Well, well, well, how quickly (almost 4 years has passed. It still seems like yesterday that I was waking at 4am every morning to take 60mg of codeine to ease the pain and get back to sleep! Constant pain a part of my life for every day of evry week for the previous 2 years.
I’ve already documented on here how I went in to have a THR Ceramic on Ceramic at the Royal Surrey County Hospital in Guildford, Surrey, England under a surgeon named Mr Kerry Acton. The hip he chose was a new generation Furlong Evolution. Uncemented, the coating binds with the bone to create a bond which (it is presumed) means a hip for life. No restrictions (bar jumping from height) means running, cycling, tennis, duathlon, triathlon, snowboarding…you name it, I’ve done it POST op!
The results have been staggering. Already a UK Championship marathon runner with a best time of 2.40 before the op I am now beating all my age graded running times. I’ve run a couple of 17.03 5K’s, a 34 .50 10k and picked up a silver medal at the 2016 World Duathlon Championships in Adelaide (meaning that I also race at the upcoming World Champs in Penticton BC, Canada in August!!! It has been quite frankle an amazing journey – not without set backs – but incredible none the less.
What have I learned along the way???
1. Get the best implant!!! The furlong evolution is ceramic on ceramice (hardwearing) and creates a unique bond. Most revisions come from the stem failing (imagine a post concreted into the ground – over time it will loosen and come free).
2. Don’t delay the op. Any problems that I’ve had since have come from leaving the op too long. This shortens tendons, weakens muscles and remodels other muscles to take the strain.
3. Don’t overprotect the hip after the op – get a skilled physio to tell you exactly what you can and can’t do and which stretches you should do daily.
4. Return to activity but don’t go long. Shorter, intense races/training are … (Click Here to View Full Post and Comments)
One of the main drivers for rehabbing quickly following my THR in July was to complete a 5k race. Now this might seem a strange goal for a guy that has primarily focused on marathon and Ironman for the past decade, but I didn’t want to be stuck on Parkrun 5k number 99 for the rest of my days!!!!
I’ve used the free 5k races over the years as speed training for the longer events. Reaching the magical 100 is a celebrated milestone -rewarded by a ‘100 club’ t-shirt. However, I had a feeling my surgeon would be reluctant to delay my surgery just so that I could complete one more race.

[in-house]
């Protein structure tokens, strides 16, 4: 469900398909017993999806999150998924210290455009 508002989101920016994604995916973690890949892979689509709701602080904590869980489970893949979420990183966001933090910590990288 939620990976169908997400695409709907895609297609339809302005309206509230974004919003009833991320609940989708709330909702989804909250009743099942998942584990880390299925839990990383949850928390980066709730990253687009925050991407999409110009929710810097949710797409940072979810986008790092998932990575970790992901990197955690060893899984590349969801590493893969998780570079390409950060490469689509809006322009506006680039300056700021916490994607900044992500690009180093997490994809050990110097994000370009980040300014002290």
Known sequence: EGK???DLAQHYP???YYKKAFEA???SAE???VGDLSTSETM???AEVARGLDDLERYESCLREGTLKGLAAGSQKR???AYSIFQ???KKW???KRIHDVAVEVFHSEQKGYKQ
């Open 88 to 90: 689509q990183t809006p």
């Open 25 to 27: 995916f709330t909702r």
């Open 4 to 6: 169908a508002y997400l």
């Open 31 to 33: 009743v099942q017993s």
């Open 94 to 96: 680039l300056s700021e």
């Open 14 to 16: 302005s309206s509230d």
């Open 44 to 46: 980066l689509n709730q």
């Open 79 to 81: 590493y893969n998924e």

So, on Saturday 5th October I lined up with a few hundred fellow competitors, gritted my teeth and ran around in a time of 20.51 for 44th position.
The course is a three lap up and down challenge and I’ve got to admit that my body developed some serious aches and pains post race. Adductors, glutes and hip flexors were all screaming! But massage and rest helped me kick on and return to training within 48 hours.
The next challenge is a fast, flat 10k this coming Sunday. I’ll let you know how that one goes! lol
… (Click Here to View Full Post and Comments)
Well Hi all!!
A little about me…
I’m a (soon to be) 43 year old guy living in the UK just South of London. I’ve competed over the years as a UK Championship marathon runner (best of 2.40.27) and GB Age Group Triathlete (3 World Champs and a European Champs).
I took up running late as up until the age of 34 I was considerably overweight and sedentary. However, I entered my first marathon, hated being beaten and decided to do something about it.
I improved until I was placing high up the finishing places but then in October 2011 I noticed an impingement in my left hip. X Ray revealed osteoarthritis which became progressively worse, to the point of me taking 240mg codeine per day (and waking at 4am every morning to take a dose) and not being able to put my own socks on!!
I met with a surgeon at the beginning of this year and he advised that as there was very little cartilage left I should have it replaced with a Total Ceramic on ceramic, uncemented replacement.
This was performed on 2nd July 2013.
Post op, my surgeon was very encouraging with regard to returning to competition. He stated that the 2nd generation hip I’d been given should not restrict me in any way – but that I should wait until full osteointegration before returning to running (3 months).
Well, I ditched my crutches within seven days (walking with a slight limp), got on a cycle turbo at 14 days – and have continued to have a session of 30-60 minutes each day.
3 weeks post op I took a holiday to Turkey and was sea swimming, stand up paddle boarding, mountain biking and kayaking. 8 weeks later I jogged 2 miles with no pain and a week after this I went snowboarding at an indoor snowdome.
Sunday was the acid test – could I still compete? I lined up with 104 fellow triathletes at Eton Dorney lake for a supersprint tri, splashed around for a bit, exited in twelfth, put the hammer down on the … (Click Here to View Full Post and Comments)